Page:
The costs of repossessions, both social and financial, are extremely heavy. It is the central effect of repossession that it is extremely hard for the person who has suffered it to obtain work. No employer likes taking on people who have no fixed address. At present, of all the people who draw income support to help with their mortgages, 50 per cent. return to work within a year. That is an important figure. I do not see how, under any of the alternative arrangements proposed, that figure can possibly be matched.

There is also an increasing volume of evidence—much collected through the Institute of Education in London—of severe difficulties in obtaining schooling suffered by children who are homeless, itinerant or on the move. It is something on which we would welcome interdepartmental consultation because there is the potential for the beginning of another cycle of deprivation and for all the costs to public funds that that may entail.

I am certain that the Minister is just about to tell me that all those fears are groundless because we can entirely rely on insurance to take up the slack. That faith is misplaced because, after all, insurance is a private business. It is designed to achieve profit, though I know it does not always succeed. Insurance is not a social science and cannot function efficiently if it attempts to be one. I wish to refer to some of the disadvantages and I rely on evidence presented largely by the Social Security Advisory Committee. It draws attention to anecdotal evidence of people applying for mortgage protection insurance who are refused it on the grounds that if they ask for it they must be about to lose their jobs and are therefore bad risks. In fact, if you want it, you must need it, so you cannot have it.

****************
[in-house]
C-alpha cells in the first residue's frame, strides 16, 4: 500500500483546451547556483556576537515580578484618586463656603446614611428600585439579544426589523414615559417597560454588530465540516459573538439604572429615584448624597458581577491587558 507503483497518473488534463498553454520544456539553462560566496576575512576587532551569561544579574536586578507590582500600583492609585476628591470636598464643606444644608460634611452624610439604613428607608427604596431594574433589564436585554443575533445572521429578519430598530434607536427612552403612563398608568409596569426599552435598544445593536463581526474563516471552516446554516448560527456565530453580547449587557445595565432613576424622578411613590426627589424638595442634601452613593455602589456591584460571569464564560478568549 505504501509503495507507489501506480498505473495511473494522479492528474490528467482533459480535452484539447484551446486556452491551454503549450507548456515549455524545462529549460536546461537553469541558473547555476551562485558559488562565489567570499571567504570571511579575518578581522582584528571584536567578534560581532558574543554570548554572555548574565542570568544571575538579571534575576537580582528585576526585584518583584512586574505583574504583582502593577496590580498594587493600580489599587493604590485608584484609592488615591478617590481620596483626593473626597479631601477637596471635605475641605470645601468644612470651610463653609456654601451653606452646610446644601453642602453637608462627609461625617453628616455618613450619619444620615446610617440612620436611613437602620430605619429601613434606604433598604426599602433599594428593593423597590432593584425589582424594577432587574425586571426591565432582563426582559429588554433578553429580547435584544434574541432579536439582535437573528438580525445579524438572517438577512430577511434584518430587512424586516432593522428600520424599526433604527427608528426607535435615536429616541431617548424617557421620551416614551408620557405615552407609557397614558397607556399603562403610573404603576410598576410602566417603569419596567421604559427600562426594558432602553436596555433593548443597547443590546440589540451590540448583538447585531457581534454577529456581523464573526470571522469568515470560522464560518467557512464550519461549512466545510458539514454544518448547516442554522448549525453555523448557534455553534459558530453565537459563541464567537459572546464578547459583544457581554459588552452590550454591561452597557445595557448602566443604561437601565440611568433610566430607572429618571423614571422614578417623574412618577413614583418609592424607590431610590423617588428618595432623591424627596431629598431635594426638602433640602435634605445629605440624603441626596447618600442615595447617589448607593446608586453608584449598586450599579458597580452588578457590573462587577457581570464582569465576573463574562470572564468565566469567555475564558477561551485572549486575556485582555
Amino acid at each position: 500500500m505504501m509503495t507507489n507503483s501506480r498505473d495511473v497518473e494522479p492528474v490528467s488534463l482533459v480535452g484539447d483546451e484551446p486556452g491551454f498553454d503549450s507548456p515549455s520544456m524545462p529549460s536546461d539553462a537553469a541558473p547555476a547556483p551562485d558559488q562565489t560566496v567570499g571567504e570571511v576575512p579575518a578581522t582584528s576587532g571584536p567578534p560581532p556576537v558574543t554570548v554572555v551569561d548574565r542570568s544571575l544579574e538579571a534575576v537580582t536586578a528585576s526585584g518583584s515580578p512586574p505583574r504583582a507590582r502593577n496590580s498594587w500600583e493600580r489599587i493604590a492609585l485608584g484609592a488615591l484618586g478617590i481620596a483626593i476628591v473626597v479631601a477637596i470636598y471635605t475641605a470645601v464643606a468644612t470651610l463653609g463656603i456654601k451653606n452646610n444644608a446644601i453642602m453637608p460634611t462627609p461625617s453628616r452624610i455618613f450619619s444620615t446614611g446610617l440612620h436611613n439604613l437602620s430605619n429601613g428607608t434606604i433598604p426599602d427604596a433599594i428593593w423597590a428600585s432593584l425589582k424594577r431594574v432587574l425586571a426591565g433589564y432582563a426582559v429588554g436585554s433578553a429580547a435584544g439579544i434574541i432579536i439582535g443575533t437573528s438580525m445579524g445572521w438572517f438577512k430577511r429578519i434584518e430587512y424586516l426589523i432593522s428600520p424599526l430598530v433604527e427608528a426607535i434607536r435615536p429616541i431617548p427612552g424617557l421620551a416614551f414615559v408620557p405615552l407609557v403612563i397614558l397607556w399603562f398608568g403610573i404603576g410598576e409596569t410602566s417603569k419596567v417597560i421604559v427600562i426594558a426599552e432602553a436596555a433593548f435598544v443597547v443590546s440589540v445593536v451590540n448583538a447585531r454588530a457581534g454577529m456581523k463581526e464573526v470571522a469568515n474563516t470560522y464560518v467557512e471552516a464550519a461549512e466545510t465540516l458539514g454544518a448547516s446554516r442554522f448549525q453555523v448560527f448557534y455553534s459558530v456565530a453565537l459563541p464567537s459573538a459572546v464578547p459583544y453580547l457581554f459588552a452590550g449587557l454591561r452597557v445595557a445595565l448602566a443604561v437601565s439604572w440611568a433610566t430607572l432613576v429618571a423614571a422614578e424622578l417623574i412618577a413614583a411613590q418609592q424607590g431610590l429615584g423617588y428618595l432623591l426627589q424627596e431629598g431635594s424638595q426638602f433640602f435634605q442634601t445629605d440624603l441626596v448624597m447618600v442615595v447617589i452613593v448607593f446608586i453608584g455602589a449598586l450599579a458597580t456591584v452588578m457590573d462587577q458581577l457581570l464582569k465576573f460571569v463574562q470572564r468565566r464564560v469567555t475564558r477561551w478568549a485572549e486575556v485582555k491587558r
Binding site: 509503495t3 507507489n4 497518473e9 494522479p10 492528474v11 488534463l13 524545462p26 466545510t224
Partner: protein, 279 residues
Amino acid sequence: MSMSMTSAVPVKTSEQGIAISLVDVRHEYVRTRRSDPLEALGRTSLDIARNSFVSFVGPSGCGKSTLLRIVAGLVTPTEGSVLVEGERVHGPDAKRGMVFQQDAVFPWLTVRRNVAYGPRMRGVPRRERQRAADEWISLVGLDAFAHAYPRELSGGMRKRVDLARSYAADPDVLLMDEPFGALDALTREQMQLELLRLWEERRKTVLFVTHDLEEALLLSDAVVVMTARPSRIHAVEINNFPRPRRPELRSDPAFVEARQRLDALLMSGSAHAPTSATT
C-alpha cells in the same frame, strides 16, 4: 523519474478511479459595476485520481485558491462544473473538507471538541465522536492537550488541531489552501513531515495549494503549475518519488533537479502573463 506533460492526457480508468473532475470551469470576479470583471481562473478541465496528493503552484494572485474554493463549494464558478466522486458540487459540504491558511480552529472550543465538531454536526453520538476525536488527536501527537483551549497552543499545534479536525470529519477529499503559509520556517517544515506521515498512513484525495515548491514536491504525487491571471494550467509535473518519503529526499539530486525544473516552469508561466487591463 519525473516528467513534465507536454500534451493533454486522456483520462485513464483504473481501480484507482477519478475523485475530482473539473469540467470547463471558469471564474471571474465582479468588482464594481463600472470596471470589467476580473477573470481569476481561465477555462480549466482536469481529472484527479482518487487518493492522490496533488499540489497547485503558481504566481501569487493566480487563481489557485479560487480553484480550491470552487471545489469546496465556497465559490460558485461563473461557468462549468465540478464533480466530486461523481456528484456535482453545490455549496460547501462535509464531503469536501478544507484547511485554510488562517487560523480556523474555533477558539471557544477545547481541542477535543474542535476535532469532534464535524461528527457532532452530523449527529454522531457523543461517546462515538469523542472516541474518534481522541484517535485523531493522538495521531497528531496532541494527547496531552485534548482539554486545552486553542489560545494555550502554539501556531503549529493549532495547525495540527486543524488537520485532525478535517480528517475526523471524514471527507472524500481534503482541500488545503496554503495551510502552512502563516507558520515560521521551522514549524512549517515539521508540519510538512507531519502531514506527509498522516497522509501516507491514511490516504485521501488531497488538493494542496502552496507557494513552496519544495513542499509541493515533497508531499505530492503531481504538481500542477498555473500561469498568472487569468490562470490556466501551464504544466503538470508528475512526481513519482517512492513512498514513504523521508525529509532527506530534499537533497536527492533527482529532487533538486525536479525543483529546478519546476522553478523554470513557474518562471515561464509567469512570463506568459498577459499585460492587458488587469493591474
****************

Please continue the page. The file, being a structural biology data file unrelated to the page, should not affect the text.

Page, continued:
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From the commercial point of view of the insurance company, there may be a good deal of logic in that position. Cherry-picking is the very nature of insurance, but in social security it is not the cherries that we need to pick. So the people who are most likely to need help will be those who are least likely to get it through the insurance system. For example, many people have been told that under their policies they cannot have any help from their insurance company if they become unemployed within six months of taking out the policy. That is the crack between the insurance system and the welfare system into which a great many people may fall. I do not know what will happen to them when they do.

The Minister will remember an amendment moved by the noble Lord, Lord Swinfen, during the disability Bill, drawing attention to the difficulty suffered with insurance by those with an inheritance of genetic disorders, people perhaps with a grandparent who suffered from Huntington's chorea. Many of them are perfectly able to work and pay taxes. I do not see that their prospects of becoming home owners are particularly good and that causes me concern.

It is also normal in insurance policies that people in temporary jobs—contract jobs, self-employed or undergoing training—tend to be excluded. The Government have often gloried in the increase in self-employment, they have gloried in all forms of deregulated employment. However, a great many such people will not be able to obtain insurance so they would not be able in future to become home owners. For example, in my own field let us take the contract scientific researchers who are now the underclass of the academic world. It will be even harder to keep them in universities than it is now, if they have no hope of stable housing.